CSCCC

Seminars

Afforestation – Climate Change and Ecosystem Integrity

Feb 18 2021 | 01:03:31
Summary
Ms. Aisha Khan, Executive Director, Civil Society Coalition for Climate Change delivered the opening remarks, highlighting the timeliness of this webinar as the spring plantation season for the government’s ambitious Ten Billion Tree Tsunami Project gets underway. She noted that there is an increasing need for accounting and advocacy on the role of trees in carbon sequestration and ecosystem services. Special Assistant to the Prime Minister on Climate Change, the Honorable Mr. Malik Amin Aslam, spoke on Pakistan’s high vulnerability to climate change – being one of three countries globally to consistently rank in the Top 10 Climate Risk Index from Germanwatch. He presented the case for Pakistan to urgently address climate change impacts, suggesting that planting trees was an easy and useful tool to achieve climate mitigation and adaptation goals. Mr. Aslam updated the group on the government’s tree plantation progress, stating that one billion trees would be planted by June 2021. He added that the current spring plantation campaign will see 350 million trees planted, focused on indigenous urban forestry using the Miyawaki Method, particularly in Lahore, Islamabad and Peshawar. Mr. Ali Habib, former CEO WWF, served as moderator for the webinar. Before introducing the panelists, Mr. Habib outlined the unusual programmatic approach taken by the PTI government in the KP Billion Tree Tsunami and the national Ten Billion Tree Tsunami projects. Despite the KP program’s success, he pointed out that with every cycle of success, one has to be aware of the learning opportunities, put them in context of future plans, and articulate their success in terms of meeting our climate obligations. He added that the national and provincial Environmental Protection Councils, apex bodies for environmental governance, have not convened in several years, and would add institutional strength and trust to the mega plantation activities of the PTI government. Mr. Takeaki Soto, Senior Environmental Specialist at the World Bank, provided a broad overview of the state of deforestation in South Asia from the FAO Global Forest Resource Assessment 2020. He noted that while the pace of deforestation in Pakistan is slowing down, much work is still needed. In particular, there is are major gaps in forest management that must be overcome. For context, more than 50% of the forests in Pakistan are currently managed without proper long management and work plans. Punjab and KP provinces have been able to improve their forests monitoring capacity under the afforestation efforts, while Balochistan and Sindh need increasing technical assistance to deliver on afforestation needs. He added that a long-term strategy for sustainable forests management was necessary. In terms of policy formulation, Pakistan does not have a long term plan or strategy for forest management. The Forestry Sector Management Plan is from 1992. At present, approved forest policy is available for Punjab and KP only, while AJK and GB have draft policies. Mr. Soto shed light on two World Bank projects that are involved in upscaling Pakistan’s afforestation activities. The $188 hydro-meteorological services project is focused on individual forest restoration support while the REDD+ project, in preparatory phase, will support the foundation for a market mechanism for forests and accessing carbon reduction credits. He reiterated that comprehensive policy, institutional and management systems review is the way forward, where valuation of nature based solutions to advance effective forests interventions is required.Mr. Syed Ghulam Qadir Shah, National REDD+ Coordinator at the Ministry of Climate Change (MOCC), explained the role of REDD+ for Pakistan to achieve sustainable forest cover. Under this World Bank and MOCC implemented project, several requirements for accessing climate funds are now completed – including a satellite and ground-based tree inventory and a National Strategy and Action Plan that sets benchmarks for historical deforestation, a robust and transparent monitoring system, and the development of safeguards that enhance community engagement. He noted that the Ten Billion Tree Tsunami project is serving as a practical demonstration and institutional strengthening activity, with a proposal ready for submission to the Green Climate Fund for consideration. He added that a major change needs to occur in how we value our forests to move the process towards long-term sustainability. Dr. Imran Khalid, Head of Environment and Climate Change Unit at the Sustainable Development Policy Institute, spoke on the importance of trees from an ecological, cultural, social and economic perspective, but established that tree plantation alone will not resolve the climate crisis. Talking about afforestation and mitigation as a solution while deforestation is still increasing takes the pressure off of fossil fuels. There is potential to capture CO2 through trees, but they are not the ultimate solution. The conversation around afforestation needs to benefit from social and geographical context. He noted that high-level targets such as 10 billion create an environment for monoculture plantations, which are less resilient. The planting of 10 billion trees also requires heavy water investment in the immediate scenario, which are important considerations since Pakistan is a water stressed country. He recommended that a Strategic Environmental Assessment be conducted. It is a document that looks at upcoming plans and policies from multiple perspectives and develops policy action matrices that look at long run sustainability. Ms. Afia Salam, Environmental Journalist, spoke on the activist role of the courts in the afforestation front. Unless a proper amicus juris is appointed by the court, it does not promote the kind of accountability and monitoring that is needed to improve the process and move forward. It is a high profile project, which is why there are so many questions about it. She stated that many of the criticisms of the afforestation program stem from gaps in institutional capacity and resources. The blame on provincial and district departments is easy to give. But have they been given the resources to achieve these new mandates? Is an enabling environment there? She noted that good work in being done on this front, citing the example of mangrove restoration along the coastline. Specifically, National Accountability Bureau rolled back its investigations into afforestation corruption after visiting sites to determine the on-ground change accomplished by district level investments in plantations. She added that we need to plant trees amongst people, which is how we will be able to cater to their requirements as well. Criminalizing people because they are cutting wood to meet their needs, which are otherwise unmet. Where are the solutions for those people? Rationalize the needs.  A question asked by the audience relating to land grabbing saw panelists reiterate the need for a Strategic Environmental Assessment as well as appropriately valuing ecosystem services. The importance of the blue economy and blue carbon was also discussed as it relates to coastal resilience, mangrove restoration and incentives for private lands restoration. The coordinating mechanisms between federal and provincial units need to be exercised, namely through the convening of relevant councils.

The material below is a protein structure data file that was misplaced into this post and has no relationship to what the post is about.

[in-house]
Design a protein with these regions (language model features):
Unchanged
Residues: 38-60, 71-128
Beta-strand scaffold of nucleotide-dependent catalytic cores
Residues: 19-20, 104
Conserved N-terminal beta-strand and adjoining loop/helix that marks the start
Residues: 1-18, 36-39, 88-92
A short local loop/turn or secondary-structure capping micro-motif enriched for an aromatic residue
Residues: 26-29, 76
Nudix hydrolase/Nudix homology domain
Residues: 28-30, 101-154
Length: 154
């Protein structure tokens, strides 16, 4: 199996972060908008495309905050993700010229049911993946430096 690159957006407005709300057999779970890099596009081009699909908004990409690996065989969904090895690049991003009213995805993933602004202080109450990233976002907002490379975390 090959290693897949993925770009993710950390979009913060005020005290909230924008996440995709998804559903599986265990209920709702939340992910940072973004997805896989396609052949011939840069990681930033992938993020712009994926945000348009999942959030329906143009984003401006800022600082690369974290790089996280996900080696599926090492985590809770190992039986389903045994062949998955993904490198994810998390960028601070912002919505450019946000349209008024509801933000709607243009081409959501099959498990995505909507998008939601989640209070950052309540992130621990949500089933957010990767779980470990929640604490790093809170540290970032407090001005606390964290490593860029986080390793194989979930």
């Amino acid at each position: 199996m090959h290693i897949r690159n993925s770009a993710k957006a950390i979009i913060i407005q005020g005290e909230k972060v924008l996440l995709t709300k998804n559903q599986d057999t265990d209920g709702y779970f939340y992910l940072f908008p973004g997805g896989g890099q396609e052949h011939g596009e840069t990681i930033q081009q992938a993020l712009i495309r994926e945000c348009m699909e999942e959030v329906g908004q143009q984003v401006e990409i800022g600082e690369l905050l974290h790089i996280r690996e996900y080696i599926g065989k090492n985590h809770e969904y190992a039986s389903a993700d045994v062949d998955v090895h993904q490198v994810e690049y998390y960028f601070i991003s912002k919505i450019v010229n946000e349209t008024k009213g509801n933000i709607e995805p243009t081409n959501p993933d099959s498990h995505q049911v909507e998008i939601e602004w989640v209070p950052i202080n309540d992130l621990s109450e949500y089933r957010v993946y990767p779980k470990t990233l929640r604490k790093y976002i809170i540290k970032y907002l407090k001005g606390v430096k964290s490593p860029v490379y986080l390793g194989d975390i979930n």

Key Takeaways
1)    Afforestation is not a silver bullet strategy for climate mitigation. It is an important pillar of climate response. Deforestation is decelerating in Pakistan, but it needs to be reversed to begin to have an impact as climate response. 
2)    Monitoring, reporting and public disclosure are important elements of afforestation programs. The learning from the Billion Tree Tsunami points to a need for even greater transparency and information access, specifically by addressing information pollution.
3)    Provincial departments should present disaggregated information through their websites .
4)    Forests Act 1927 applicable in all provinces of Pakistan. If these laws are broken within their jurisdiction, it is punishable. On private property that is not applicable. Even within forests, there are rights of local community. Until we provide alternate resources, communities will continue to rely on forests for livelihood. Alternate energy options are needed to reduce pressure on forestry resources. This is where REDD+ is providing supported through financial mechanisms. 
5)    Conducting a Strategic Environmental Assessment will solidify the government’s position five years down the road, and will be the true measure of success for these efforts if it engages all stakeholders. 
6)    Water being the limiting factor, there are natural limitations to expanding tree cover in Pakistan. Reliance on only government lands is not enough to increased forest cover beyond 10%. Greening of multiple other spaces needs to be incorporated into the afforestation program to generate meaningful impact.
7)    Landscape and ecosystem services approach benefit from participatory forest management. Pakistan has yet to implement this strategy. 8)    Overcoming the challenges of population growth, industrialization and services provision to forest communities will determine the long-term sustainability of forest cover in Pakistan. 9)    Institutionalization of private sector engagement requires the development of guidance documentation and new valuation mechanisms for the business community to identify the profit motive for action.